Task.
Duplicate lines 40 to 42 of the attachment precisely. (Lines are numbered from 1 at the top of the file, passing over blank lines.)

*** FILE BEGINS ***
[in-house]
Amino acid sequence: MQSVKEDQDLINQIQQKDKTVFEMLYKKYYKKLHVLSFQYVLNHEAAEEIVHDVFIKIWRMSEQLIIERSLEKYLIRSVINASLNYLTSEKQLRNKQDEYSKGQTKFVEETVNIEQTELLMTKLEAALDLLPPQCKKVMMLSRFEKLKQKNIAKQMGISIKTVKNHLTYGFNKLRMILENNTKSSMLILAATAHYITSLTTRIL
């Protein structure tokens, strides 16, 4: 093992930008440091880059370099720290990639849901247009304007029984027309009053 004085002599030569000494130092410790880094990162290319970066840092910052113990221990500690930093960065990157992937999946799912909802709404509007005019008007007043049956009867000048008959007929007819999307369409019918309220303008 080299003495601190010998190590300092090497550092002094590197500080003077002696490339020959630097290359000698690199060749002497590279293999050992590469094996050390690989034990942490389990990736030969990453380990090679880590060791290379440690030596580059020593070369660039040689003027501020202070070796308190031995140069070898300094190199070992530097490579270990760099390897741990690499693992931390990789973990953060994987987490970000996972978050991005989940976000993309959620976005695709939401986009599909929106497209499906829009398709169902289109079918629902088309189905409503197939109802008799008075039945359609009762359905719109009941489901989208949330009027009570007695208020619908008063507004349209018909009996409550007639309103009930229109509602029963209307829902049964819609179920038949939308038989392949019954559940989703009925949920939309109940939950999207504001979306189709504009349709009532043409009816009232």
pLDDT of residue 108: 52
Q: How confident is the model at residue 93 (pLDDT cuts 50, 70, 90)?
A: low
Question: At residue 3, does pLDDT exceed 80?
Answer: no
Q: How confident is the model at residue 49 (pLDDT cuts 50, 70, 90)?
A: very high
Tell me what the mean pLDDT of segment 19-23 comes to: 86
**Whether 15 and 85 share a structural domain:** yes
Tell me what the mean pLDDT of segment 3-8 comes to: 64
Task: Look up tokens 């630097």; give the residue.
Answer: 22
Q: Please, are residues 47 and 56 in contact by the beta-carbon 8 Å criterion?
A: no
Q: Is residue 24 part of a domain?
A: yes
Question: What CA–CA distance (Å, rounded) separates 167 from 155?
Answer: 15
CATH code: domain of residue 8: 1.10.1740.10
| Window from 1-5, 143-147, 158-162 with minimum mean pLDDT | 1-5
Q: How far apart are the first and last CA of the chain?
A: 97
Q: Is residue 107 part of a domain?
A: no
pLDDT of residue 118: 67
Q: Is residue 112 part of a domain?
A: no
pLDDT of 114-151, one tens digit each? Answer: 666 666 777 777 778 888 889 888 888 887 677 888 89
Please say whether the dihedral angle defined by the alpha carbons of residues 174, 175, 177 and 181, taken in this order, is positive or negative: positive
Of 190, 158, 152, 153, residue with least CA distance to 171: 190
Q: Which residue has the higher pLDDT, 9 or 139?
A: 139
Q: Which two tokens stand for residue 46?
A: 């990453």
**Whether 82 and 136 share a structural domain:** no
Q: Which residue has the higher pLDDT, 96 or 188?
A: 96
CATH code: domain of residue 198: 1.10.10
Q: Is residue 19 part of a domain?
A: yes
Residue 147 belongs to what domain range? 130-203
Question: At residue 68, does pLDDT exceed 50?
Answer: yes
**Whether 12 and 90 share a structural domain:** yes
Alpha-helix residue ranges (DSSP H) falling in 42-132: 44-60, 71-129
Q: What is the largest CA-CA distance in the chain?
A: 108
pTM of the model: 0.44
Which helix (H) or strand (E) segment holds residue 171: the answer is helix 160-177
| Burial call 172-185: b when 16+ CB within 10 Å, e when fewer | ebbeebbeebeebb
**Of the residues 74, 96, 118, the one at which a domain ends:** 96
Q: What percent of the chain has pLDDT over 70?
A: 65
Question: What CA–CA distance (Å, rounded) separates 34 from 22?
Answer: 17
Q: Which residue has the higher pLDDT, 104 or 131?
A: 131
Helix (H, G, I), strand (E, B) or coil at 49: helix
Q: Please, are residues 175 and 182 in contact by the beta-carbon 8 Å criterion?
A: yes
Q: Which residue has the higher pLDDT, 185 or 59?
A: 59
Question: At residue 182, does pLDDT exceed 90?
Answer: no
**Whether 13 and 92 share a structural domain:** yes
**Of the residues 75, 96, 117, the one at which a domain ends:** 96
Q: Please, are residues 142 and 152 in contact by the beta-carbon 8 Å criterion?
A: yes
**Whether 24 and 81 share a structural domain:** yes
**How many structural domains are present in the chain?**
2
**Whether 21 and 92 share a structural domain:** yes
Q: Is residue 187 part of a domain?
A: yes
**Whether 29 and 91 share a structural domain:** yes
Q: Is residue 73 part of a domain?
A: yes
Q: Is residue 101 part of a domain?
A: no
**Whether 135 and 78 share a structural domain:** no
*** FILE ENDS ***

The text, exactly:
A: 96
CATH code: domain of residue 198: 1.10.10
Q: Is residue 19 part of a domain?